Should Phytoestrogens be Avoided with Breast Cancer?
There is much conflicting and confusing information regarding the use of phytoestrogen-containing herbs, foods, or dietary supplements, especially when there is a history of estrogen-receptor-positive breast cancer (or a risk of it, e.g., family history). Some health care professionals advise to avoid phytoestrogens in these cases, while others recommend them as being protective. It is advisable to discuss the potential benefits vs. risks of phytoestrogens with your health care professional if you have (had) breast cancer or a history of it, before using phytoestrogen-containing foods, herbs, or dietary supplements (including Hair Essentials).
What are phytoestrogens?
Phytoestrogens are plant-derived molecules which can bind to our body’s estrogen receptors. They share a structural similarity with our own endogenous estrogen (in particular, estradiol). Compared to the tight fit that estrogen makes with the receptors, phytoestrogens bind only loosely. As a result, their estrogenic effects are much weaker: isoflavones, for example, are 400 times weaker than estrogen made in the body. Phytoestrogens may also modulate the concentration of our body’s estrogen levels by binding or inactivating certain enzymes, and/or altering the bioavailability of estrogen (and other sex hormones) by depressing or stimulating synthesis of sex hormone-binding globulin (SHBG), the protein that transports these hormones.
Phytoestrogens are widely distributed in many herbs and plant-based foods. They fall into three major categories, based upon their physical and chemical structure:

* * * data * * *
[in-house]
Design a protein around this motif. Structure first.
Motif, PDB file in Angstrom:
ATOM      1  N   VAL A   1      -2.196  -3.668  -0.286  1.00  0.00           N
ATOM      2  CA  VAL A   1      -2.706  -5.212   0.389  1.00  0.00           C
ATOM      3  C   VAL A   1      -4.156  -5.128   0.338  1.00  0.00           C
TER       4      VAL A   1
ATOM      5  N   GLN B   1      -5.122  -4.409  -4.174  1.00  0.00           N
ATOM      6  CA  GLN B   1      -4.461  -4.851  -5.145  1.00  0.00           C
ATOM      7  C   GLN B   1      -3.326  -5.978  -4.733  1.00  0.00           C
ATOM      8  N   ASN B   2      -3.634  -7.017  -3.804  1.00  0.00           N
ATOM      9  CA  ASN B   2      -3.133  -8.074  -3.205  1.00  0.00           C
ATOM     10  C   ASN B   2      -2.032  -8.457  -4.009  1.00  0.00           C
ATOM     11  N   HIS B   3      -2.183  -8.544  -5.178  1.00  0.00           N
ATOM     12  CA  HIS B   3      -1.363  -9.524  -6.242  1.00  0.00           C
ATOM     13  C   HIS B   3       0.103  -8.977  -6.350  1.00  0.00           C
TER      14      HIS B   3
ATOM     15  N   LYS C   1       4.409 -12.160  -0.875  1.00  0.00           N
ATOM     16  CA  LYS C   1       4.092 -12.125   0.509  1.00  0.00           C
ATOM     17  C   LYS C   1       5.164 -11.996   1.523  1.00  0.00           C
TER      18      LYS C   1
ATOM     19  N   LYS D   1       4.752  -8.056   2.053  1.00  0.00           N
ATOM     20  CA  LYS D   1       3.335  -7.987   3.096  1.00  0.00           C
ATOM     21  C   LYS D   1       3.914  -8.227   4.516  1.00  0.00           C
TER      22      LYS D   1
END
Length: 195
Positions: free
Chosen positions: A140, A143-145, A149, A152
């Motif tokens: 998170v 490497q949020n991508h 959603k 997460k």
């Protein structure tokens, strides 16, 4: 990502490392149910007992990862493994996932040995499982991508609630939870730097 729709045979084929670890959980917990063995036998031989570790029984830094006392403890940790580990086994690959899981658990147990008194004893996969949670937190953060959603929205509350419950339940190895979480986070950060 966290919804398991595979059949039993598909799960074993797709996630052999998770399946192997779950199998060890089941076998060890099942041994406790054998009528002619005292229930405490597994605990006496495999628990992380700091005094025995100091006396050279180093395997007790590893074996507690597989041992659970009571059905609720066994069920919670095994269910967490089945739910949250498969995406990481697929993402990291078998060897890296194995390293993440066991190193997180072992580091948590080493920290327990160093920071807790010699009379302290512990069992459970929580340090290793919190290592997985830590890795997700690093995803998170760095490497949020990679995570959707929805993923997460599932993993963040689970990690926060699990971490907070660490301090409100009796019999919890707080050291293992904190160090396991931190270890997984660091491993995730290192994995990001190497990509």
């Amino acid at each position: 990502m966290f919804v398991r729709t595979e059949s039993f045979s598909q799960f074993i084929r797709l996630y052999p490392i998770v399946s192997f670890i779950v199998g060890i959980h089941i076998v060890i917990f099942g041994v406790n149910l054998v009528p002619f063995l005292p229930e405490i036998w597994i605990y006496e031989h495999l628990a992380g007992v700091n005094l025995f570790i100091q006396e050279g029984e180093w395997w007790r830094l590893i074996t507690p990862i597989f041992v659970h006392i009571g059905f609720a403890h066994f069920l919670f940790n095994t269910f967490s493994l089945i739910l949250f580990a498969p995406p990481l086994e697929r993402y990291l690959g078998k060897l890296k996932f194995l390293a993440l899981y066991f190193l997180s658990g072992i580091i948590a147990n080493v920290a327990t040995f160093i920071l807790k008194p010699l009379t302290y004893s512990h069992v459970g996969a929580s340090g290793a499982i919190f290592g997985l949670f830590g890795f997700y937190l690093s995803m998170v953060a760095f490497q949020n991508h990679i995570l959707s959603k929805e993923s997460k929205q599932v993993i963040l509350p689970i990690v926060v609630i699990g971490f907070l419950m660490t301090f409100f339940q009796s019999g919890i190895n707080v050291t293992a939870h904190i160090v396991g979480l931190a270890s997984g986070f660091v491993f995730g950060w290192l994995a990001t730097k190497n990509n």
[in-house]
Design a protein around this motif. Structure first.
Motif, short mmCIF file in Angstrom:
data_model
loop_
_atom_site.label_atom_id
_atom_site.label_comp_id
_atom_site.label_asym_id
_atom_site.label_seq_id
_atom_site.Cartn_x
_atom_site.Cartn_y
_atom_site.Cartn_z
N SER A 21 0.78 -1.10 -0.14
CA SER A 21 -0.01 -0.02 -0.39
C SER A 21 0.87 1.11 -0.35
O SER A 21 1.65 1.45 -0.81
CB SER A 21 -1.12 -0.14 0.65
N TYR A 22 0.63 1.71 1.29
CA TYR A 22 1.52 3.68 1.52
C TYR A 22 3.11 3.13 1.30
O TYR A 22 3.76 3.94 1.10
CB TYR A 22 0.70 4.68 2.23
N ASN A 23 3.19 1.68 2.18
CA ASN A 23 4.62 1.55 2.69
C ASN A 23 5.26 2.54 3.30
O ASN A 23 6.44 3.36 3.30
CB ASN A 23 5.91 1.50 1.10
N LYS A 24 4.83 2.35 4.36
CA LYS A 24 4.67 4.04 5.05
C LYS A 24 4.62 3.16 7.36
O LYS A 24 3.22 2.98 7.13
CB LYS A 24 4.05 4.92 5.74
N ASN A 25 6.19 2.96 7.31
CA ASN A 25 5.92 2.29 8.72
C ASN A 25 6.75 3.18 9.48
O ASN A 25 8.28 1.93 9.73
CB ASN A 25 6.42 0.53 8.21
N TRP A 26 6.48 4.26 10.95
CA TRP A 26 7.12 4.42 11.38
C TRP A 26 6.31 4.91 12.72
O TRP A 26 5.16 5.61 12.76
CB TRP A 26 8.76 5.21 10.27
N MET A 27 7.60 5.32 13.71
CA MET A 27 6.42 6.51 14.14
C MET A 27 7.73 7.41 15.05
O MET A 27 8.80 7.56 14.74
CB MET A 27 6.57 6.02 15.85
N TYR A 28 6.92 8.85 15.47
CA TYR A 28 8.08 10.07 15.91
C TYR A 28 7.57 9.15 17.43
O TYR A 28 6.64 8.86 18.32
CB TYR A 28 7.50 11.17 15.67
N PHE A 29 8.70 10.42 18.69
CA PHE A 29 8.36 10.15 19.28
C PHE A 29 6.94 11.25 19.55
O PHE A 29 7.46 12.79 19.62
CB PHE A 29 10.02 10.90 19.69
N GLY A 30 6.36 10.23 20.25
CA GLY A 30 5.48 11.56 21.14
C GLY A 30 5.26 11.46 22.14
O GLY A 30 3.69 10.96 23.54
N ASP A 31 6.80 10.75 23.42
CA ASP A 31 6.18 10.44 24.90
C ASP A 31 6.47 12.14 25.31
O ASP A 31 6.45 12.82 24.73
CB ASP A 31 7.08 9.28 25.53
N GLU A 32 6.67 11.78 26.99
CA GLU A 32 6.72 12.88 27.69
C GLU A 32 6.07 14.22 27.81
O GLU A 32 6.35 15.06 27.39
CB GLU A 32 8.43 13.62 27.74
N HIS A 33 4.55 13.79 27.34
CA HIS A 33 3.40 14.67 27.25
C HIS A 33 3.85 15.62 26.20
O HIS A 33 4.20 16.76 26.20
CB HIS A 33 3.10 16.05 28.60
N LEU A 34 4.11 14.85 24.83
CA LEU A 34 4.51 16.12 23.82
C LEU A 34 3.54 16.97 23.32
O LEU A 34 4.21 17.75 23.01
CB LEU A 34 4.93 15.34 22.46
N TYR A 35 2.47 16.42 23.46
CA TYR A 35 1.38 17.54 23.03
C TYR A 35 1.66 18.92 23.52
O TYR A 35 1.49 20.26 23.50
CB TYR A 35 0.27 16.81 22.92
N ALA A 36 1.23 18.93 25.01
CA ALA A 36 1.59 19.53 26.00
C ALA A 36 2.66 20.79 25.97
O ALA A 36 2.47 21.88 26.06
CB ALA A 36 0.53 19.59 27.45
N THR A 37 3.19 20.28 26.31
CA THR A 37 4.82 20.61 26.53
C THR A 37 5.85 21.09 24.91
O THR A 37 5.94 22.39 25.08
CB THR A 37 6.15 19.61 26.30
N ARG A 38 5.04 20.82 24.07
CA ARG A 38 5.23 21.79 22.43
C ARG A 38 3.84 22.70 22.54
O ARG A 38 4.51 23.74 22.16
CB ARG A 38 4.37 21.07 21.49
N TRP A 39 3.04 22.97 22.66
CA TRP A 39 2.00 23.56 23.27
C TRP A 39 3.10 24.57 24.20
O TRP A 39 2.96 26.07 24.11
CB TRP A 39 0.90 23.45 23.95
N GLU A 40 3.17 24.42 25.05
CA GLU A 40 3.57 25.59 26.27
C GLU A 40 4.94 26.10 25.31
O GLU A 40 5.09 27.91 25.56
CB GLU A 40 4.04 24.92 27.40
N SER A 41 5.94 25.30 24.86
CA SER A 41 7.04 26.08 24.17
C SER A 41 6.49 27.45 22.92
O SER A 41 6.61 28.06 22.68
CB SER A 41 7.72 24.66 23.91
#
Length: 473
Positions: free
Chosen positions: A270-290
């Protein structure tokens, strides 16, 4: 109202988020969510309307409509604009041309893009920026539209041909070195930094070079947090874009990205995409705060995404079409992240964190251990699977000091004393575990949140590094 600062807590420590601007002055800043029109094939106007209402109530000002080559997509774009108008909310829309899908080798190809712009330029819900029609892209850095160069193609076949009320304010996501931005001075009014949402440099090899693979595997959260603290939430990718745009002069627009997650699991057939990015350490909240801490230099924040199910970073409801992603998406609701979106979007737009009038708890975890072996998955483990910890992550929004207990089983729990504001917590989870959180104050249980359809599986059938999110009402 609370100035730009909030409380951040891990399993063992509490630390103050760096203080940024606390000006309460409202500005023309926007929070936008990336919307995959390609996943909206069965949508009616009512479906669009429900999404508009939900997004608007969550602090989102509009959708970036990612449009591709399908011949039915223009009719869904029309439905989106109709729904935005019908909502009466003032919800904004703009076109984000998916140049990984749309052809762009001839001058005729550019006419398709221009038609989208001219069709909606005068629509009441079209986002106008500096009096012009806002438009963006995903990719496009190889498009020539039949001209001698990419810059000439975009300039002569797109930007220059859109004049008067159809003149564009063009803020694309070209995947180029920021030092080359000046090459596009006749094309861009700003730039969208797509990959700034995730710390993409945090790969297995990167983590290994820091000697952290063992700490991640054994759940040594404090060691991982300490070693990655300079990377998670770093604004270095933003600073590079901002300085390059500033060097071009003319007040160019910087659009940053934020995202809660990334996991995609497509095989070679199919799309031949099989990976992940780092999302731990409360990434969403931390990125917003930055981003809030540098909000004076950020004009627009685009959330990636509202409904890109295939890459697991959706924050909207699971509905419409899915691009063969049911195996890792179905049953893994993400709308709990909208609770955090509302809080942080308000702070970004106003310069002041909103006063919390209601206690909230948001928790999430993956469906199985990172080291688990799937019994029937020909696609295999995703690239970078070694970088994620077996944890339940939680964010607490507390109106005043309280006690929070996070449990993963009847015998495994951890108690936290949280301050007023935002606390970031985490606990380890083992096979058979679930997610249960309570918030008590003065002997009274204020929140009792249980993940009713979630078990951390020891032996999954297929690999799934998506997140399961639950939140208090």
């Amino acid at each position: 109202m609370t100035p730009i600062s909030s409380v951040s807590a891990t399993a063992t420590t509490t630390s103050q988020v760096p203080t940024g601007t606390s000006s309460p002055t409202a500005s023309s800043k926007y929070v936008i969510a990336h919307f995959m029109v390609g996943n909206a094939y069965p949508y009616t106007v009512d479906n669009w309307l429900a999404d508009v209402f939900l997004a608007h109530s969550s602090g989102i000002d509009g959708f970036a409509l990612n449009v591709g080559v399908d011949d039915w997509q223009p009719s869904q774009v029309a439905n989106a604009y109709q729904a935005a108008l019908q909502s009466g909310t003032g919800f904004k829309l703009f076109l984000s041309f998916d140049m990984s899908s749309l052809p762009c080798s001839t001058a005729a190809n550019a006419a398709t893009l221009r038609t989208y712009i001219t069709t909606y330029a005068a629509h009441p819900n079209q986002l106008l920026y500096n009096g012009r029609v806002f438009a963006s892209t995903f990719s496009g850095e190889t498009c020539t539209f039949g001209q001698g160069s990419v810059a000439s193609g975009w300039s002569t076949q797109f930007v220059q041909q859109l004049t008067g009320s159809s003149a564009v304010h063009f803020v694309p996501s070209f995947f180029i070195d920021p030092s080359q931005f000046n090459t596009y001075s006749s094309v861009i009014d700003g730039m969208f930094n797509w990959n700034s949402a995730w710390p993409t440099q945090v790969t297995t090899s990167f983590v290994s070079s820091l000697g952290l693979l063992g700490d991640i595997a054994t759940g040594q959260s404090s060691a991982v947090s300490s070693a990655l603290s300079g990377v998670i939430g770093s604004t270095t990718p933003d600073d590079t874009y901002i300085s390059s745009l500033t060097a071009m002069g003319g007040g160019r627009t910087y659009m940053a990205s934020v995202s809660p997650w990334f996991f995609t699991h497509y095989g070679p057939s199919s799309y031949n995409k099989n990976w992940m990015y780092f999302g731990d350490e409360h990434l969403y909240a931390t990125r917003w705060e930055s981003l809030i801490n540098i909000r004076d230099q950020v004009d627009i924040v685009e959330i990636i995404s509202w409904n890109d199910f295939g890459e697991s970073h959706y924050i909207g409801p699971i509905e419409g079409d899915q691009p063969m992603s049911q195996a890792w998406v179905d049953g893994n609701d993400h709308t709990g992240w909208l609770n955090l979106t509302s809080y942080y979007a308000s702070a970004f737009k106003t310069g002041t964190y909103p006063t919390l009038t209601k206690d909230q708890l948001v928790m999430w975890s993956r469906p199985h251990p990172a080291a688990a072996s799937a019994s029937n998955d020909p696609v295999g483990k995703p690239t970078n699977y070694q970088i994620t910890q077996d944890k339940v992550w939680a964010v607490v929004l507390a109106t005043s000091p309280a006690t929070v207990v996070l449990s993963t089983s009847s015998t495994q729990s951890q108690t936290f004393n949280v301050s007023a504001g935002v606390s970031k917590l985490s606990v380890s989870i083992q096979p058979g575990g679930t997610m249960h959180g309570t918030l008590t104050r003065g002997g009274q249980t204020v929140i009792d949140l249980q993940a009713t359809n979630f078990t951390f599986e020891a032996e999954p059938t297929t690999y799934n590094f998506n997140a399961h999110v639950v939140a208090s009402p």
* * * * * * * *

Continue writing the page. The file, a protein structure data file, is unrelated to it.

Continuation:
• Isoflavones (the most potent type of phytoestrogen) – found in many legumes including soy (Glycine max) and Red Clover (Trifolium pratense)
• Coumestans – found in various sprouting plants
• Lignans – found in flax seeds, many types of nuts, lentils, beans, whole grains, many fruits and vegetables
Phytoestrogens can either promote a mild estrogenic effect and/or an antiestrogenic effect in the body. This dual-action nature is termed amphoteric: when estrogen is low (e.g., menopause), phytoestrogens may provide benefit by increasing the number of estrogen receptors being bound (activated) and thus increase overall estrogenic effect. Conversely, when estrogen is too high or if there is an estrogen receptor-positive condition, phytoestrogens may help to block our own endogenous estrogen from binding, which is far more powerful. In the case of cell division/cell growth that is stimulated by estrogen, this feature may provide therapeutic benefit.
In 2011, data from the Women’s Healthy Eating and Living (WHEL) study were used to examine the effect of soy intake on breast cancer prognosis in 3088 breast cancer patients who were followed for 7.3 years. As soy isoflavone intake increased, the risk of breast cancer-related death decreased. This was the third epidemiological study to report no adverse effects of soy on the prognosis of breast cancer. It does not counteract the effects of tamoxifen and, in fact, may provide potential benefits in decreasing risk of recurrence or death from cancer.
If there is a history or risk of estrogen receptor-positive breast cancer, or if one is on any treatment for breast cancer, discuss your individual situation with your physician prior to using phytoestrogens or products with estrogen-modulating effects.